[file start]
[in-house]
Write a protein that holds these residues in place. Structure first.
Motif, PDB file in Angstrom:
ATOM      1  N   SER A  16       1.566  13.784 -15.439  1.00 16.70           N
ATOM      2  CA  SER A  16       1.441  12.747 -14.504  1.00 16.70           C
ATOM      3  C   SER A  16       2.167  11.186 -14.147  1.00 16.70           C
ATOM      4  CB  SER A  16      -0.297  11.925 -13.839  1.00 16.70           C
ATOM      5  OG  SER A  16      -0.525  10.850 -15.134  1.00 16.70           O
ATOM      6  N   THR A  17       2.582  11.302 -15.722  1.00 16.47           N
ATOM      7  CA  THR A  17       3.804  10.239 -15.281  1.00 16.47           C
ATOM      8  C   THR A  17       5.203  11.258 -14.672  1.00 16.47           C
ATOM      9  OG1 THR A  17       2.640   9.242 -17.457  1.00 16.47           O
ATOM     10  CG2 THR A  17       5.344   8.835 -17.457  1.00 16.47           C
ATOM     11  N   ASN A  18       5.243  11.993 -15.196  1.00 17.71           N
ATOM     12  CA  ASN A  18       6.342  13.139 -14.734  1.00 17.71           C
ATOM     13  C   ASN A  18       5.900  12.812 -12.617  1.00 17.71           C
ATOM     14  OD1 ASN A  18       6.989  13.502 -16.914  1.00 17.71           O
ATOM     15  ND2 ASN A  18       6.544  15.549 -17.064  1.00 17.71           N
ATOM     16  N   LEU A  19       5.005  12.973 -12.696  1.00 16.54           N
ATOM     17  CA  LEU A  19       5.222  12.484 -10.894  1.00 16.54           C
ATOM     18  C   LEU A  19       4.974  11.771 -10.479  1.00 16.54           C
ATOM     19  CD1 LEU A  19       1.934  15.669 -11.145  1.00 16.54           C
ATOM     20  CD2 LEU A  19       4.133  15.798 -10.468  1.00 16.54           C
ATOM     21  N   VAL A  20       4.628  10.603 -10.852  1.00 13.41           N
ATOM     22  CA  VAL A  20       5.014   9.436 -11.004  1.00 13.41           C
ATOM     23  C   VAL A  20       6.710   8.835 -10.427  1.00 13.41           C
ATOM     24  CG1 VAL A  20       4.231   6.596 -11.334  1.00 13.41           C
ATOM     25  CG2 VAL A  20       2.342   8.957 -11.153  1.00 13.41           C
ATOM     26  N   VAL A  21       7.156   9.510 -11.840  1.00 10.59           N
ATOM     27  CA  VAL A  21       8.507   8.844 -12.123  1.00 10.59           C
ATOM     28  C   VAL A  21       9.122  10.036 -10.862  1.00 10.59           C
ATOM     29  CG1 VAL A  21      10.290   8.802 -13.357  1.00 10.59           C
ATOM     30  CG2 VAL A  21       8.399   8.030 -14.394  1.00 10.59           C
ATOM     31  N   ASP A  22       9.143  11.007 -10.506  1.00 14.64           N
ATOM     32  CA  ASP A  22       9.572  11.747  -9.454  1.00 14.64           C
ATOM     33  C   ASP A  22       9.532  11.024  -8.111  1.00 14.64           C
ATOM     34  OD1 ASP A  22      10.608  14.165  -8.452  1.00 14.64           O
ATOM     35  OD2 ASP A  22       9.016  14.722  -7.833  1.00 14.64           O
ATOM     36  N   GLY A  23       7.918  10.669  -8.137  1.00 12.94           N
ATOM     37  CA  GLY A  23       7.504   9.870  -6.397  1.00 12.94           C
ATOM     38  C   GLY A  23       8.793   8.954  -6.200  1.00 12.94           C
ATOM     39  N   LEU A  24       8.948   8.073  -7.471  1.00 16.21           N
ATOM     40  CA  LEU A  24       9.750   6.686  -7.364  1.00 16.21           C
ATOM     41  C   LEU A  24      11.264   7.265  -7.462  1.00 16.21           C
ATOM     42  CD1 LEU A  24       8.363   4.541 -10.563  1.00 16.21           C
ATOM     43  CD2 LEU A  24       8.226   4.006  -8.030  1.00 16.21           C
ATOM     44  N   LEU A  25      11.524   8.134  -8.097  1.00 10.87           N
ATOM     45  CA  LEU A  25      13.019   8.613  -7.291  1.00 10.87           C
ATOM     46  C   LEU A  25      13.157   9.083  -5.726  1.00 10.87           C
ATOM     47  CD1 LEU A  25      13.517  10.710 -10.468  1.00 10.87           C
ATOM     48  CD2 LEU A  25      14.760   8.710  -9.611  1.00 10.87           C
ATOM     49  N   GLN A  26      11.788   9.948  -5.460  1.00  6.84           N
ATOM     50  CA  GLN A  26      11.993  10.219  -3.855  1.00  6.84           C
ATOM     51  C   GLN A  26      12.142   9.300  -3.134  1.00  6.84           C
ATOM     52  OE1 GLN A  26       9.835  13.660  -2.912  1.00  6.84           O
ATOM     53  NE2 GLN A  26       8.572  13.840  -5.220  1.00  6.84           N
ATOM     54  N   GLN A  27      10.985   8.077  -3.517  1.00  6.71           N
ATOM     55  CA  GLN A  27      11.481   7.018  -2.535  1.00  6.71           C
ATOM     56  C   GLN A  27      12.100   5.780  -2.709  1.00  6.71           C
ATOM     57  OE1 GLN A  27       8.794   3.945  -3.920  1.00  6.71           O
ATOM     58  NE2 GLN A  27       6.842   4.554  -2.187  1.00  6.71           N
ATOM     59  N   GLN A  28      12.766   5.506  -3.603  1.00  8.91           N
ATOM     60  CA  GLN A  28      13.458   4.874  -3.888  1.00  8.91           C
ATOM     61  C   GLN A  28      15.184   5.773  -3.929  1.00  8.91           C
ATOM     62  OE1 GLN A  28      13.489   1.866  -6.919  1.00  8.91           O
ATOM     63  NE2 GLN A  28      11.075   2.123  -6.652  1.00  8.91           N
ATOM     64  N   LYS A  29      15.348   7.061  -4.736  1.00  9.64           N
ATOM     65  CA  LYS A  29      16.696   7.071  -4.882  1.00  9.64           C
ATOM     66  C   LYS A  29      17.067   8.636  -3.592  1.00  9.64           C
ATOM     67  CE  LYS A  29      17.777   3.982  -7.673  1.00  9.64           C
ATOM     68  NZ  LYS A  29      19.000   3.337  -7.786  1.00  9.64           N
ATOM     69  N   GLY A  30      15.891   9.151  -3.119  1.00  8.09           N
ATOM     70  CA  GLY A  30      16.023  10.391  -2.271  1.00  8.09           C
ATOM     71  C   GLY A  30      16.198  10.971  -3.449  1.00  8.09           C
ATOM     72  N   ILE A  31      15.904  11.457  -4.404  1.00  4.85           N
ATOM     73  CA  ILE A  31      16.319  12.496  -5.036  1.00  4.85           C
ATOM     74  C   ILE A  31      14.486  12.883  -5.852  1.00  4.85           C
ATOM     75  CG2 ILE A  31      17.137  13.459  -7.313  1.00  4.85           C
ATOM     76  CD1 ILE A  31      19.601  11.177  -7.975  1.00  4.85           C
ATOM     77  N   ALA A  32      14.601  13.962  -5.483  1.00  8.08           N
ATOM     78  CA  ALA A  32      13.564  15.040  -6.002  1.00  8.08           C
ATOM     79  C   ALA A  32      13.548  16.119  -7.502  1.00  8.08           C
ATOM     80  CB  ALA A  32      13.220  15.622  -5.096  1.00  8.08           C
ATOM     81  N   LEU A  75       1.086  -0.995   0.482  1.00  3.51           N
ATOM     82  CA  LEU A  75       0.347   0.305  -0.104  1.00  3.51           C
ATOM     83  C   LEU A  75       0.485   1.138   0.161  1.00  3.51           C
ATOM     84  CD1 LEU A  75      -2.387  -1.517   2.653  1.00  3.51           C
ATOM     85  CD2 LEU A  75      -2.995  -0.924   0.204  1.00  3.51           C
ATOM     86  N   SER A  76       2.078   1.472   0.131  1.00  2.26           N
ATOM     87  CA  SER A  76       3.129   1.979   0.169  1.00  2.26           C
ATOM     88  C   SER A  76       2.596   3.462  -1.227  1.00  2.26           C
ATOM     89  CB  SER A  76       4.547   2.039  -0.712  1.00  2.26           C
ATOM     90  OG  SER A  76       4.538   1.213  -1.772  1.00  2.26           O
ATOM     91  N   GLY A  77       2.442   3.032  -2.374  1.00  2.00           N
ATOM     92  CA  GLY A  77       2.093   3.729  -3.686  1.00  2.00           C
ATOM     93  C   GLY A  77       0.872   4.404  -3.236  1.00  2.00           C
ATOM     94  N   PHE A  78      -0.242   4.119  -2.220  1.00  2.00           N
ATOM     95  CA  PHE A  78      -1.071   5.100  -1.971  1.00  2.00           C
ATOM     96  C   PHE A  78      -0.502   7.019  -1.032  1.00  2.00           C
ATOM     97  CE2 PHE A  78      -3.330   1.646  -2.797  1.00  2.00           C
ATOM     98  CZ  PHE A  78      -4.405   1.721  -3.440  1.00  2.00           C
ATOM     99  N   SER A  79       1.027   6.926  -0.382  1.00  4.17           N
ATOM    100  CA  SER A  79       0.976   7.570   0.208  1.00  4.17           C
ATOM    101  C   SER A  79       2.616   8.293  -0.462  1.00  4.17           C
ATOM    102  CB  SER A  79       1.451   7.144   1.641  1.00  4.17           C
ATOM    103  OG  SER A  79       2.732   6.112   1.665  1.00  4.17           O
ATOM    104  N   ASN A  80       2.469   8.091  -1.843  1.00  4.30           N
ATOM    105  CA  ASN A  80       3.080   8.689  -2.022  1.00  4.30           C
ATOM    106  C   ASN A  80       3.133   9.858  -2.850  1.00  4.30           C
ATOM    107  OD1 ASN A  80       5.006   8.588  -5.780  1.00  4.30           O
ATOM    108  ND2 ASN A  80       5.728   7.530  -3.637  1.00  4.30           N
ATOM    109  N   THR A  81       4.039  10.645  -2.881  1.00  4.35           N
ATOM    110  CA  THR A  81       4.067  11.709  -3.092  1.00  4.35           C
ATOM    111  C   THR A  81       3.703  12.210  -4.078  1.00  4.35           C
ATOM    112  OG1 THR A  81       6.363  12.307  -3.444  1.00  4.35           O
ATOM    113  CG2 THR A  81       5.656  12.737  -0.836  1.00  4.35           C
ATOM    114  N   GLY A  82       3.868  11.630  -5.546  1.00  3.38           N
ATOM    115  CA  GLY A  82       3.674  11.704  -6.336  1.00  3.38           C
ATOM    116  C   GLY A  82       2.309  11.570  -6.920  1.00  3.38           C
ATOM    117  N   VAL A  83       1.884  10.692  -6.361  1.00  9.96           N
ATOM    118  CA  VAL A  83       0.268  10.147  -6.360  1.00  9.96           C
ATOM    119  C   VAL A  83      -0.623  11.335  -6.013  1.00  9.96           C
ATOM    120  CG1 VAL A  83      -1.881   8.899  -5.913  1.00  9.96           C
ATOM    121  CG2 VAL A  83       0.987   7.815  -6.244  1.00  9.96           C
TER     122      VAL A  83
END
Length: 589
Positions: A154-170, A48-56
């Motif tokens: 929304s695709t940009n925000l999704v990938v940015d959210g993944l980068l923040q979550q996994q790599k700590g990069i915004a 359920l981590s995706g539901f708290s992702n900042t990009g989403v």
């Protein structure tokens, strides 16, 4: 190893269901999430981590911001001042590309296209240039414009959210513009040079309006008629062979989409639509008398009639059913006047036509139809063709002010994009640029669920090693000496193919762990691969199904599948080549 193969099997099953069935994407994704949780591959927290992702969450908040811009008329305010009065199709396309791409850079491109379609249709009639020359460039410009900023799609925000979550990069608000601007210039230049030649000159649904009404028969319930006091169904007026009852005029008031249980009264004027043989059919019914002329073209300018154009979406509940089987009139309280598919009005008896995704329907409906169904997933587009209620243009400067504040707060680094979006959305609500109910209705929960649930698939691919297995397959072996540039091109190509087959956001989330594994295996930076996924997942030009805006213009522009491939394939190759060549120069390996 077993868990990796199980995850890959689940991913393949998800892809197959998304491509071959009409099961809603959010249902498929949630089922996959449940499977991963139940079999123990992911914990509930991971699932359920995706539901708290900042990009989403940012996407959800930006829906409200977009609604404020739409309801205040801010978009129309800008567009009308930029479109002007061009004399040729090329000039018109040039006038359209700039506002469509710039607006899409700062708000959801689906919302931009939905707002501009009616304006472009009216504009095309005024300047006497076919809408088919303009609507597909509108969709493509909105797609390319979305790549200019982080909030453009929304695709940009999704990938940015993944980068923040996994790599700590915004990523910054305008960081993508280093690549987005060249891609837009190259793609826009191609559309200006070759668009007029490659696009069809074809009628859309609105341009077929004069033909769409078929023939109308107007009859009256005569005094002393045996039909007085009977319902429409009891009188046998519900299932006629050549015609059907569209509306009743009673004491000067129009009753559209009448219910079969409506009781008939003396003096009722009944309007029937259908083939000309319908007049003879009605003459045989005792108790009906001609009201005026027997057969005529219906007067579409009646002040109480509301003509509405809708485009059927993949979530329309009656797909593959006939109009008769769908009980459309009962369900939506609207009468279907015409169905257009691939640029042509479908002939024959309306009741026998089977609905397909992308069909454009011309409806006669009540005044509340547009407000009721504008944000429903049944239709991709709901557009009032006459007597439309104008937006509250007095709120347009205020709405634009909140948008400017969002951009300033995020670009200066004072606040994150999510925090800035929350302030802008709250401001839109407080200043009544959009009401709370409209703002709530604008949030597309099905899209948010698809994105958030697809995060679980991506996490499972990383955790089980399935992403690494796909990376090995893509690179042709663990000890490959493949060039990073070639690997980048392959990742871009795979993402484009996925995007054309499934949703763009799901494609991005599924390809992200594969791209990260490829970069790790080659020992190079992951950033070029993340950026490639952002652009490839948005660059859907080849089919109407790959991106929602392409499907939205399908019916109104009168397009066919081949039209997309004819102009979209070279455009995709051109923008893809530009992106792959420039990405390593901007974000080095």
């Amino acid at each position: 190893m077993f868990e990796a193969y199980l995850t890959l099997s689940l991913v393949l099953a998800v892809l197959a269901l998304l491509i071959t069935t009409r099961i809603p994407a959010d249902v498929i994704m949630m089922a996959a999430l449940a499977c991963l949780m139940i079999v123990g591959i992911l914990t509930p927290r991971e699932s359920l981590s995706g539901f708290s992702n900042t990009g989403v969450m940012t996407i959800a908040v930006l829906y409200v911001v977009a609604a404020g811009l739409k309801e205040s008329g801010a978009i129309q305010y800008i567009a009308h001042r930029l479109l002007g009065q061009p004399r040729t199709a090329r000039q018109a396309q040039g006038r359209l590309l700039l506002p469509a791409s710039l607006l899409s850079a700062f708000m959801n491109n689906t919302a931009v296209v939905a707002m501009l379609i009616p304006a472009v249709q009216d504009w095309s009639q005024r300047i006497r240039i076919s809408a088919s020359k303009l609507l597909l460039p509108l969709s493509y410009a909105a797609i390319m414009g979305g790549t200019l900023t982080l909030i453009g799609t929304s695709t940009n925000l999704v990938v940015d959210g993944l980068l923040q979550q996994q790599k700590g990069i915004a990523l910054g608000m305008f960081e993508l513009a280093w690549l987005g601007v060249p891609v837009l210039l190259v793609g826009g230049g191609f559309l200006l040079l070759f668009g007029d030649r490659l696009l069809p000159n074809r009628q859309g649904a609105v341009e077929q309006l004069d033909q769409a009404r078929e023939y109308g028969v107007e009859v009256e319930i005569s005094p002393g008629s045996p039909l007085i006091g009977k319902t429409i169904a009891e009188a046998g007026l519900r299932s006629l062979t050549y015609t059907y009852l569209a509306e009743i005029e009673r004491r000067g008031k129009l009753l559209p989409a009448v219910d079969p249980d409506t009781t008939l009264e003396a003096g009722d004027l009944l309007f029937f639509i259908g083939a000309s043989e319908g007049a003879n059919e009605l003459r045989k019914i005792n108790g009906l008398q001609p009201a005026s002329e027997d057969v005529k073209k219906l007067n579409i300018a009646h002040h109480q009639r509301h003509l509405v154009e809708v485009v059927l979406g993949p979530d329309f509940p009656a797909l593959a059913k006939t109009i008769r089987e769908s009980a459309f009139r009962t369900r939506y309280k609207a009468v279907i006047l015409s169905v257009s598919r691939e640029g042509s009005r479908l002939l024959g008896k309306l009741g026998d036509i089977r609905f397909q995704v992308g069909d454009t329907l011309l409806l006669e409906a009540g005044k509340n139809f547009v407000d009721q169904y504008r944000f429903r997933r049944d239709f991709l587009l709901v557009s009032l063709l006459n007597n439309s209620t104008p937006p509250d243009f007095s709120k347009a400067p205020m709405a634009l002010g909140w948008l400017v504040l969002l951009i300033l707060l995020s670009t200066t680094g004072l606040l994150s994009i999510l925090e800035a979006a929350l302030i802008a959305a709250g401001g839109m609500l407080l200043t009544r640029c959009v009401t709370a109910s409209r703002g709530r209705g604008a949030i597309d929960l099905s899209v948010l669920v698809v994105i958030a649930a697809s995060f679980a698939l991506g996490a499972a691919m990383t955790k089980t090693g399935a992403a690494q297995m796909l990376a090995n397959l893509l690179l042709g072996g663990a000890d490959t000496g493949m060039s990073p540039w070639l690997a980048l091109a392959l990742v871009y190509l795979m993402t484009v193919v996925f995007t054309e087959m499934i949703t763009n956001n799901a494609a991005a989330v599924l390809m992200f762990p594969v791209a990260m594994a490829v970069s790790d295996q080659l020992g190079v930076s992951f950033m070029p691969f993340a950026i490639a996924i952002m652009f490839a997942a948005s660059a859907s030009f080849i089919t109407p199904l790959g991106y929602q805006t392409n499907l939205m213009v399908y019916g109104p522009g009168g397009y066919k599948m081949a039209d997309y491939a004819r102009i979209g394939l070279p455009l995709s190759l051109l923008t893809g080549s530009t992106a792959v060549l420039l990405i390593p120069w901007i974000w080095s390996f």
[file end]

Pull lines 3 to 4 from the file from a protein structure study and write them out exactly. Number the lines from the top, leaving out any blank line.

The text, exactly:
Motif, PDB file in Angstrom:
ATOM      1  N   SER A  16       1.566  13.784 -15.439  1.00 16.70           N